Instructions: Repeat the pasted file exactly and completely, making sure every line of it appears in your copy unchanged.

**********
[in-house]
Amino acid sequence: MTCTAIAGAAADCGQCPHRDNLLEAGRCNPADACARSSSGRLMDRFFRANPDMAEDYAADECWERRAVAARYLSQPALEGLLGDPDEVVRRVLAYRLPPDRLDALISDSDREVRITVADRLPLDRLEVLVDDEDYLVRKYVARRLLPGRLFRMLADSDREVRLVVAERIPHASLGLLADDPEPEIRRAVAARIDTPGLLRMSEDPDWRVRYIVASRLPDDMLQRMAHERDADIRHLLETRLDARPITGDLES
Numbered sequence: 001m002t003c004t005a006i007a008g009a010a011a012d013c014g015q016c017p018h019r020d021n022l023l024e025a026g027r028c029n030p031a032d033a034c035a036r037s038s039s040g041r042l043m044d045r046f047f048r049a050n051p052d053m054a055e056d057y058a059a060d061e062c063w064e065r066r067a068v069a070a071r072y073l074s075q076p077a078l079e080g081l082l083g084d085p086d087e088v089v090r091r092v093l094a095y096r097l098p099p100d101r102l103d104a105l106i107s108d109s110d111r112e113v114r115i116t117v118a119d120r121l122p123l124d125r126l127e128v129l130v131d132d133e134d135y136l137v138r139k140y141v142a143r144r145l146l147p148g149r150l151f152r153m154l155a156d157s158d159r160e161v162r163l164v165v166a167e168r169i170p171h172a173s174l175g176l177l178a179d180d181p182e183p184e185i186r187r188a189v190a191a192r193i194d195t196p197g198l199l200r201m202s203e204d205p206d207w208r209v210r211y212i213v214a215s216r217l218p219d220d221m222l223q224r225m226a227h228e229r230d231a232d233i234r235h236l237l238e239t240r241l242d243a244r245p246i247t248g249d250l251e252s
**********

[in-house]
Amino acid sequence: MTCTAIAGAAADCGQCPHRDNLLEAGRCNPADACARSSSGRLMDRFFRANPDMAEDYAADECWERRAVAARYLSQPALEGLLGDPDEVVRRVLAYRLPPDRLDALISDSDREVRITVADRLPLDRLEVLVDDEDYLVRKYVARRLLPGRLFRMLADSDREVRLVVAERIPHASLGLLADDPEPEIRRAVAARIDTPGLLRMSEDPDWRVRYIVASRLPDDMLQRMAHERDADIRHLLETRLDARPITGDLES
Numbered sequence: 001m002t003c004t005a006i007a008g009a010a011a012d013c014g015q016c017p018h019r020d021n022l023l024e025a026g027r028c029n030p031a032d033a034c035a036r037s038s039s040g041r042l043m044d045r046f047f048r049a050n051p052d053m054a055e056d057y058a059a060d061e062c063w064e065r066r067a068v069a070a071r072y073l074s075q076p077a078l079e080g081l082l083g084d085p086d087e088v089v090r091r092v093l094a095y096r097l098p099p100d101r102l103d104a105l106i107s108d109s110d111r112e113v114r115i116t117v118a119d120r121l122p123l124d125r126l127e128v129l130v131d132d133e134d135y136l137v138r139k140y141v142a143r144r145l146l147p148g149r150l151f152r153m154l155a156d157s158d159r160e161v162r163l164v165v166a167e168r169i170p171h172a173s174l175g176l177l178a179d180d181p182e183p184e185i186r187r188a189v190a191a192r193i194d195t196p197g198l199l200r201m202s203e204d205p206d207w208r209v210r211y212i213v214a215s216r217l218p219d220d221m222l223q224r225m226a227h228e229r230d231a232d233i234r235h236l237l238e239t240r241l242d243a244r245p246i247t248g249d250l251e252s